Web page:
We measure this quantity in coulombs, the measurement unit for charge.
Every electric charge in the universe is an integer multiple of the charge of an electron; this makes the calculations for the excess electrons' number easy matter, if not for a small detail: the charge of an electron is incredibly small!
🔎 Scientists say that the electric charge is quantized. In physics, calculating the excess electrons is a simple exercise of quantum mechanics!
Electrons are small but essential. Learn more about them with Omni: try our electron speed calculator or our volt to electronvolt calculator to see other situations where we meet one of our favorite elementary particles!
How do I calculate the excess electrons number?
To calculate the excess of electrons, you need only to know the charge of your object. You can measure this quantity in various ways, even though the instrument is always called an electrometer. Once you know this quantity, in coulombs, apply the formula to calculate the excess electrons:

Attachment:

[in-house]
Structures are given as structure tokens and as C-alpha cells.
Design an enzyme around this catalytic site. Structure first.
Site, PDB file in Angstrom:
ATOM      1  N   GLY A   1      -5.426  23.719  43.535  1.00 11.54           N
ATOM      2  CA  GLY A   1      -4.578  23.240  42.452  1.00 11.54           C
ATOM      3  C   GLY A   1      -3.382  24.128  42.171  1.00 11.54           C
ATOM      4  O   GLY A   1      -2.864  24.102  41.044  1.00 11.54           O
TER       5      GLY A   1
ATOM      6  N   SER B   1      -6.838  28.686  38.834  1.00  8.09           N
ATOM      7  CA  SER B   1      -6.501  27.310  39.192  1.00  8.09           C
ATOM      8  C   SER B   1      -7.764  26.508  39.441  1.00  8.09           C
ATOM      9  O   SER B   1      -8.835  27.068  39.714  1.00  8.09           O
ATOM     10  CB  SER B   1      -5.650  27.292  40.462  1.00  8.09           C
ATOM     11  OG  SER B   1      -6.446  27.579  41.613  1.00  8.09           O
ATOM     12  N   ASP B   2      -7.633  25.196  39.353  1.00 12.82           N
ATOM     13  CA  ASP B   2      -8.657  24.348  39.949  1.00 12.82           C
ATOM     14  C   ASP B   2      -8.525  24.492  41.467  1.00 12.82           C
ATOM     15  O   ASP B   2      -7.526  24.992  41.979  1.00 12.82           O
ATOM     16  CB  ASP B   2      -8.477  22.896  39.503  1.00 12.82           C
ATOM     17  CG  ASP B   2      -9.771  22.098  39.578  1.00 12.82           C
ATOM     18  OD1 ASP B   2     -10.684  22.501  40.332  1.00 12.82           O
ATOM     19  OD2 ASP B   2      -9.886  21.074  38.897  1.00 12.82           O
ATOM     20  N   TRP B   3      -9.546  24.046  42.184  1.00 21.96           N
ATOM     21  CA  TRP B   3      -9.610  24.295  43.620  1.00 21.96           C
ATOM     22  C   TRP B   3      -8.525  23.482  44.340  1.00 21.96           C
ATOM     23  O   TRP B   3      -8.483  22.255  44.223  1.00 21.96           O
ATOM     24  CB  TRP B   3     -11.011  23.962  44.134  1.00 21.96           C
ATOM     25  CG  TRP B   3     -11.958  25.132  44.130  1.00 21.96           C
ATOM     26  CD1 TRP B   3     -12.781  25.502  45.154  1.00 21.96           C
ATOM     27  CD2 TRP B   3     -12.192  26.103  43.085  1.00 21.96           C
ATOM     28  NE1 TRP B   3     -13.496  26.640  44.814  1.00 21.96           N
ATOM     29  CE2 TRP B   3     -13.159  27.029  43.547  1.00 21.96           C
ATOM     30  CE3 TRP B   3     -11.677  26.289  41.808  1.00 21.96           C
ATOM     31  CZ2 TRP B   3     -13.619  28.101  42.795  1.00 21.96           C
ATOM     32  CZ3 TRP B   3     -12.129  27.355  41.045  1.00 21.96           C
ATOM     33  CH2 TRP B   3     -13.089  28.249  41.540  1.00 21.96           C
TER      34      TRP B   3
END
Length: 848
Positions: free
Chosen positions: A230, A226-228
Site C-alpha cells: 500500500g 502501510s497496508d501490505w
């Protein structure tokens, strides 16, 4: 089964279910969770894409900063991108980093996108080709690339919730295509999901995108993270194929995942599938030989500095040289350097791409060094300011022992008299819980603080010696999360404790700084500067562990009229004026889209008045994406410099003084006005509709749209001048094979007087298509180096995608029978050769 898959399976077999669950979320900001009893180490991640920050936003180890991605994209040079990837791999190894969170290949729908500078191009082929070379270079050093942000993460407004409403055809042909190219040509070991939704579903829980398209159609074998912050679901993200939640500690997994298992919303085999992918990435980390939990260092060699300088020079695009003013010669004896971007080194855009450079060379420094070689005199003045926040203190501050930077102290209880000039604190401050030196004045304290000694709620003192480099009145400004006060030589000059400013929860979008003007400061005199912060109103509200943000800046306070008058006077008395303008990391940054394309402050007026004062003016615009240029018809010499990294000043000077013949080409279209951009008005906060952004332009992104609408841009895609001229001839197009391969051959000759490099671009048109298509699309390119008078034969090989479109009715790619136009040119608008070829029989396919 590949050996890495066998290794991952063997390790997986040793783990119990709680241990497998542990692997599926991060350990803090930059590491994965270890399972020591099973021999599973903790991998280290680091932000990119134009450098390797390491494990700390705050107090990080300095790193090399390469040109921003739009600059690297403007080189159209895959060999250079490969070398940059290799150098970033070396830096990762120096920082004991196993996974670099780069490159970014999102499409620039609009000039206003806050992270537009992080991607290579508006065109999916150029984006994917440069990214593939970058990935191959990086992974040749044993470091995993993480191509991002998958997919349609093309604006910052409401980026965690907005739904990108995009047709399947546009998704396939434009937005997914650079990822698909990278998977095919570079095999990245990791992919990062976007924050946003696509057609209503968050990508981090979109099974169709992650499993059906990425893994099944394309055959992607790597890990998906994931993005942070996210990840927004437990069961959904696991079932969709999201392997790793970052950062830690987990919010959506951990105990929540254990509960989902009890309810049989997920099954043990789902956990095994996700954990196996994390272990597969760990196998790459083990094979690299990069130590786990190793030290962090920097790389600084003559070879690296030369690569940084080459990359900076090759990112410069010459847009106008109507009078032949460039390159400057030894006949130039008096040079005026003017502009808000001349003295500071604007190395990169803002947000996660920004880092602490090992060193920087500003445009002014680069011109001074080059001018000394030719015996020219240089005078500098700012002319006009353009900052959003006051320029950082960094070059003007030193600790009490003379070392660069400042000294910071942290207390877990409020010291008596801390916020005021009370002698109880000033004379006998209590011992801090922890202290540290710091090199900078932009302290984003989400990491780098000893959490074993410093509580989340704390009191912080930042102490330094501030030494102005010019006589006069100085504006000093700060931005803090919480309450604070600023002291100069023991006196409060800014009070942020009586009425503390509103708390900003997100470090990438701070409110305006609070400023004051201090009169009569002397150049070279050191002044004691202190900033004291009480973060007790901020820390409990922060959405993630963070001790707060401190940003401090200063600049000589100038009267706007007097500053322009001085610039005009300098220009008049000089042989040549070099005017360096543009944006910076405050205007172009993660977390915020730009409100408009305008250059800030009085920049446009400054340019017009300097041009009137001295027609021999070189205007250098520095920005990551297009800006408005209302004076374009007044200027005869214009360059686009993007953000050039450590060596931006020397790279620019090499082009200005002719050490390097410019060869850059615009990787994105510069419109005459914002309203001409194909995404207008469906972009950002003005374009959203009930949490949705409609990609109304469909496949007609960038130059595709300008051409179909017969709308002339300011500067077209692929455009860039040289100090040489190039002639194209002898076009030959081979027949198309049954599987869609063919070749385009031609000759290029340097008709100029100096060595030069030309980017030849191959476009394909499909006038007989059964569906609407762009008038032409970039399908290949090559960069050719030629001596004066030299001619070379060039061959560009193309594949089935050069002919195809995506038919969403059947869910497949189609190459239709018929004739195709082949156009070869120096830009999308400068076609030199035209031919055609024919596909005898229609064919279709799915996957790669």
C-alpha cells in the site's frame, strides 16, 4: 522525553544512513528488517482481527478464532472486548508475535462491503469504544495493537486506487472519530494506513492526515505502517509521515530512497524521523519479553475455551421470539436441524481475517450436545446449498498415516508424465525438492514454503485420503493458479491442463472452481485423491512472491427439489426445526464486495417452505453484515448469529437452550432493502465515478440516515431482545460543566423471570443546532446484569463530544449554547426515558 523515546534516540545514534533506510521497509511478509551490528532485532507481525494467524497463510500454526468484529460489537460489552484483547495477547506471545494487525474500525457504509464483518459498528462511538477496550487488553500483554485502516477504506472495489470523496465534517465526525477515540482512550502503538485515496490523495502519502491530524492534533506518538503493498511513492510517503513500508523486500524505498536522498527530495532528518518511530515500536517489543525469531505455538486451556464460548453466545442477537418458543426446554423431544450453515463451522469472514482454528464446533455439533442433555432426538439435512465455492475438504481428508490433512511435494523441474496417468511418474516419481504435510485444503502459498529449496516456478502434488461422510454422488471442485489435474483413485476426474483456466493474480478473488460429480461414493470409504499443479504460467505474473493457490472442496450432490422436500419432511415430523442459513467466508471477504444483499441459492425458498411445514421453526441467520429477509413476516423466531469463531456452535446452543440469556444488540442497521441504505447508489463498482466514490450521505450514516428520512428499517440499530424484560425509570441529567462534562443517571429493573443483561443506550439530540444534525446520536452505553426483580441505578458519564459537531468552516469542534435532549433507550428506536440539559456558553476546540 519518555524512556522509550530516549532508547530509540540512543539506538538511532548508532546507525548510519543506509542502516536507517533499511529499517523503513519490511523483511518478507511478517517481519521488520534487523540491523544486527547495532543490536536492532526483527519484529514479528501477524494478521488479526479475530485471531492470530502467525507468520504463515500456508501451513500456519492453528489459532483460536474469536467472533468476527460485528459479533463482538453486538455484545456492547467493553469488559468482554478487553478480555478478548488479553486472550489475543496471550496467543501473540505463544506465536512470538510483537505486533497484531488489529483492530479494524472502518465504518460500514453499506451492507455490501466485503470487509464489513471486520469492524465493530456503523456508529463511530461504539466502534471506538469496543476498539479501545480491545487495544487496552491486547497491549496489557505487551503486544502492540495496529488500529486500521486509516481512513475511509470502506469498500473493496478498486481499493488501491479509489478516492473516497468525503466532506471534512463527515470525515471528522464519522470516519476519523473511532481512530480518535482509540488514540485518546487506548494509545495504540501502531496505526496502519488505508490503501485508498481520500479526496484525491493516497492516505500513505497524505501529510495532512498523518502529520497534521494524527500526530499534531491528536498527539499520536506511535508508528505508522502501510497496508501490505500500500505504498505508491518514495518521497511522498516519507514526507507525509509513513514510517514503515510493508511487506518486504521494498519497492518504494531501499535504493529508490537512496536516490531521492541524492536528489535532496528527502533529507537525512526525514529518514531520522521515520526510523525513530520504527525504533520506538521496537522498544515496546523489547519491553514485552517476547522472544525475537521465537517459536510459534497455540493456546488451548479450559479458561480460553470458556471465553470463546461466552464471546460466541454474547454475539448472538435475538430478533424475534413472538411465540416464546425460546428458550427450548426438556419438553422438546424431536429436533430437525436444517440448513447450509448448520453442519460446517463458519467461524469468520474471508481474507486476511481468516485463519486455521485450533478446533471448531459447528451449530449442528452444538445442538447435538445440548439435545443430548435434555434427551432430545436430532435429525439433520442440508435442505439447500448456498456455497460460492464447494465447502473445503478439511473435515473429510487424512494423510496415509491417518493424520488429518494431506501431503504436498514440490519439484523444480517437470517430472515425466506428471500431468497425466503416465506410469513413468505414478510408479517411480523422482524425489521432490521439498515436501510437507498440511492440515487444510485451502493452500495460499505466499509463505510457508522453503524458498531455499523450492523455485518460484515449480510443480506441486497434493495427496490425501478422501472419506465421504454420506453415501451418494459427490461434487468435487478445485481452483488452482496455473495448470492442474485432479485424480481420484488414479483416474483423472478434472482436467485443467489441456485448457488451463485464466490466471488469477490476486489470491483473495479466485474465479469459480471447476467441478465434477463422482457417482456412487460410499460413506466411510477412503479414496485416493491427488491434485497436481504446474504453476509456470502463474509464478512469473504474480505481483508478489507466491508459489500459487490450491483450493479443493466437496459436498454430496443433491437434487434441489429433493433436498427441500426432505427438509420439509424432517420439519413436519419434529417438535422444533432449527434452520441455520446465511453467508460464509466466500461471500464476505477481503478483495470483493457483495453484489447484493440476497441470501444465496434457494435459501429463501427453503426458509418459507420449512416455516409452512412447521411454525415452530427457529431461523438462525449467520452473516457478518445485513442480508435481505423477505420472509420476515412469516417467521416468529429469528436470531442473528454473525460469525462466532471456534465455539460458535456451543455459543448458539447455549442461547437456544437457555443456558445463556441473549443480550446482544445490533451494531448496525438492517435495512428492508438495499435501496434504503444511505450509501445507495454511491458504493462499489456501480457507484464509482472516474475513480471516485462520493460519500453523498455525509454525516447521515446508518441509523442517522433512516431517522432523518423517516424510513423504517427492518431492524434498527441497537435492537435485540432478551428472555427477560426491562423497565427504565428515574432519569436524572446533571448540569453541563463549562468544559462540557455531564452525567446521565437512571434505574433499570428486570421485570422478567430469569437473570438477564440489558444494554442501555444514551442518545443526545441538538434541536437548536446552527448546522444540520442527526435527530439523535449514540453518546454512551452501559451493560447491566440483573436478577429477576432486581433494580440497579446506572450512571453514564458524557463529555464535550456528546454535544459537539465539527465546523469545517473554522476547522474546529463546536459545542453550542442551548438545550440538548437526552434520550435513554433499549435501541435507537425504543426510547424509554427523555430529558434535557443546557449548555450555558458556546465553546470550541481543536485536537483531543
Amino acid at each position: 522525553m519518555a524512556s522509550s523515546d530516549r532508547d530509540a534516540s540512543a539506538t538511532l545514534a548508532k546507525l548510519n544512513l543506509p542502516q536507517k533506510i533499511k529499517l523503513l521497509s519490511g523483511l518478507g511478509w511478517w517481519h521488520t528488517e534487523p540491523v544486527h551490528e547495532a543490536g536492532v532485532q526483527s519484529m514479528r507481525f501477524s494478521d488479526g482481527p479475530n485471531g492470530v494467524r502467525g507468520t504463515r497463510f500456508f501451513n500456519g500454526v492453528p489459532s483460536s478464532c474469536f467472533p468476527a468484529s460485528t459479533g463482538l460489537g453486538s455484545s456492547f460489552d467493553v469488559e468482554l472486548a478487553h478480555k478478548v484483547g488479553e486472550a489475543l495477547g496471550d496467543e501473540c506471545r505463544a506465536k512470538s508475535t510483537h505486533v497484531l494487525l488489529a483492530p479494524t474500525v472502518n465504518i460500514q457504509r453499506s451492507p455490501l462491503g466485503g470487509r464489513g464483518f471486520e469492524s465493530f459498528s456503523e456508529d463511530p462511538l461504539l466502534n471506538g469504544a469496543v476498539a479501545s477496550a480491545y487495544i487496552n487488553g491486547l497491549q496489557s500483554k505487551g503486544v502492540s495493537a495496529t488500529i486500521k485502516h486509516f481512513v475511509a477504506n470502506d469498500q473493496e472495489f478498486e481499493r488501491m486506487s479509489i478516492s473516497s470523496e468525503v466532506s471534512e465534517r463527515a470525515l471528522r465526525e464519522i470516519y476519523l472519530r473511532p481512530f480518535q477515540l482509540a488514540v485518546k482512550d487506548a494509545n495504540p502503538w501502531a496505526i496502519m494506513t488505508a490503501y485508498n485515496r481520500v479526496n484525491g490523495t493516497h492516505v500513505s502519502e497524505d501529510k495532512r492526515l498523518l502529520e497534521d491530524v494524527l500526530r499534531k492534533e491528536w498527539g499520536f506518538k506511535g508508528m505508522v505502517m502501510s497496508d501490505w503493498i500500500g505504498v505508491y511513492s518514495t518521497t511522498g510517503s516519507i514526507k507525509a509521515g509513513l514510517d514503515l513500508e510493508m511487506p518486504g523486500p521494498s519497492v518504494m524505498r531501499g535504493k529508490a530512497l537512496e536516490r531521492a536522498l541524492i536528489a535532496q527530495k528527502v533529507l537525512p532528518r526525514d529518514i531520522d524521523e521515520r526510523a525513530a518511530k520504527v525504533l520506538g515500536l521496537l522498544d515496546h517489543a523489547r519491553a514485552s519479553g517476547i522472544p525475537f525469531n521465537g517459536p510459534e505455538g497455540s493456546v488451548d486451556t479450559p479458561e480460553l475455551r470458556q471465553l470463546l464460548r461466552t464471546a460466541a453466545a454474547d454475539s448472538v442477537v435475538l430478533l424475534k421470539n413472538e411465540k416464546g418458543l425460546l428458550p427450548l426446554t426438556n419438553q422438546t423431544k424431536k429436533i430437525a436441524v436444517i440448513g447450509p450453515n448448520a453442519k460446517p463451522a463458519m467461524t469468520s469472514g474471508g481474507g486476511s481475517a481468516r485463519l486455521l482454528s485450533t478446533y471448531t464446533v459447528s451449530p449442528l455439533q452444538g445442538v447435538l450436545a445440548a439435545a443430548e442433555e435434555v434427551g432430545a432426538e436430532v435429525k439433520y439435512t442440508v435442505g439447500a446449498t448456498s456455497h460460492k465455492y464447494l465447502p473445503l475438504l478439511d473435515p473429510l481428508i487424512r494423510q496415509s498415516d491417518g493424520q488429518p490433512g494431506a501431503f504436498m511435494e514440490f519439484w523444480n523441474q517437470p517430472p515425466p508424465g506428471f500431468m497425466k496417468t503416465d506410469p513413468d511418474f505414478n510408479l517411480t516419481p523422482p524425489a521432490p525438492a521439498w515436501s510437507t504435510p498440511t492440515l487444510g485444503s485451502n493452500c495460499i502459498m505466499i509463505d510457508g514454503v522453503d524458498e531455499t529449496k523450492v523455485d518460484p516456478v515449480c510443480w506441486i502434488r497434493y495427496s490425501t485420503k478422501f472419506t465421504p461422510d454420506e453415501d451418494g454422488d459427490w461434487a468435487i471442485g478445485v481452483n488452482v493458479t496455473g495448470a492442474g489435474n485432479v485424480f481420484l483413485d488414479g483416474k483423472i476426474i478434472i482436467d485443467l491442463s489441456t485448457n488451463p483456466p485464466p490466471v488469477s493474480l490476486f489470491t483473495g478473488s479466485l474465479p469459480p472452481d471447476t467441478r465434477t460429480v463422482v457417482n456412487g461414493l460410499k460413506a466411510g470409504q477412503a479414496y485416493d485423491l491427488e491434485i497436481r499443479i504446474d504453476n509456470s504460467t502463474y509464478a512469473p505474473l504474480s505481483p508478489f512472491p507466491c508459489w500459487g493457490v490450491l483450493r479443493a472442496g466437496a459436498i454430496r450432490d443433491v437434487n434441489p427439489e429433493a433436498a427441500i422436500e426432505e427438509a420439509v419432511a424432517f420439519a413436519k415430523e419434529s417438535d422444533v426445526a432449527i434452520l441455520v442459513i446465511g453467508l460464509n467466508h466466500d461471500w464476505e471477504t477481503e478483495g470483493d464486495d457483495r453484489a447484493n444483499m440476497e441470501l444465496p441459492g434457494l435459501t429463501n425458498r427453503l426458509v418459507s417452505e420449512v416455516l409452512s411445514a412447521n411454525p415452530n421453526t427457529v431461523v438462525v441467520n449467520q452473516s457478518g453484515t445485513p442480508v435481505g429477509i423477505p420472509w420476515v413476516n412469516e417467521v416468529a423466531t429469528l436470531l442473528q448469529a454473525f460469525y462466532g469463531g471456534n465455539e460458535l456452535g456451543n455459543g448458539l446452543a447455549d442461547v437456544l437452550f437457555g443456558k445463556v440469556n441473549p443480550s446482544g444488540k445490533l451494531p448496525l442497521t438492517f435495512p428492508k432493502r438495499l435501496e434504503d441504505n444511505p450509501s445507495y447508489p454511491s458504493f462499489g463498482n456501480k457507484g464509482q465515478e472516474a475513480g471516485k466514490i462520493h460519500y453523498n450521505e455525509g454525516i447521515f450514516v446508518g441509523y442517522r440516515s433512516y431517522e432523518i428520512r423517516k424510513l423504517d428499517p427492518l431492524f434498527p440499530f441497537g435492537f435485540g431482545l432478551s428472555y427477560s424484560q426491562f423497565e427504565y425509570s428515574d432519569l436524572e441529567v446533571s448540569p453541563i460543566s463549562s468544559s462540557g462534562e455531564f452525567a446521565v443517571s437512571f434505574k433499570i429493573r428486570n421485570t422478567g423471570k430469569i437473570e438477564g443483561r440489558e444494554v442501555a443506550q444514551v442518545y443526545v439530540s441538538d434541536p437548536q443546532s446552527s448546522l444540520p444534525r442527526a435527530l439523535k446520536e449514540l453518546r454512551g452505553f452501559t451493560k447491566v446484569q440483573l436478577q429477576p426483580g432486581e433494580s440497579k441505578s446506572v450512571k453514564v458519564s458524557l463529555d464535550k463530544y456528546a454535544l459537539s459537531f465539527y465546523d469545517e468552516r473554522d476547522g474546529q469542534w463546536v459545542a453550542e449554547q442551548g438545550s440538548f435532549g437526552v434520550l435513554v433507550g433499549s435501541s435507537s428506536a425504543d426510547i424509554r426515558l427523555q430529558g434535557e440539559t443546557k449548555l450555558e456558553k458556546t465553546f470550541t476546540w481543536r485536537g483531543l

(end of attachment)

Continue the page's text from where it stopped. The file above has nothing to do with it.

where:
 $n_{\mathrm{e}}$ — Calculated number of excess electrons;
 $Q$ — Charge of the object; and
 $\mathrm{e}$ — Electron charge.
How do I calculate the charge from the excess electrons?
You can also calculate the charge from the excess electrons, and it's as easy as the inverse operation! If you know the number of excess electrons, calculate the coulombs with the following formula:
An experiment: how to calculate the number of excess electrons at home
You've learned how to calculate the excess or deficit of the number of electrons. Can you apply this formula in real life? Yup! Let's see how!
Experiment setup
 Gather the material:
 An inflated balloon;
 A woolen cloth;
 A sheet of paper with a known weight; and
 A ruler.
 Measure a square of paper with side $l = 1\ \mathrm{cm}$. We know the weight of this square! If our sheet is rated, for example, $80\ \mathrm{g/m^2}$, we can calculate: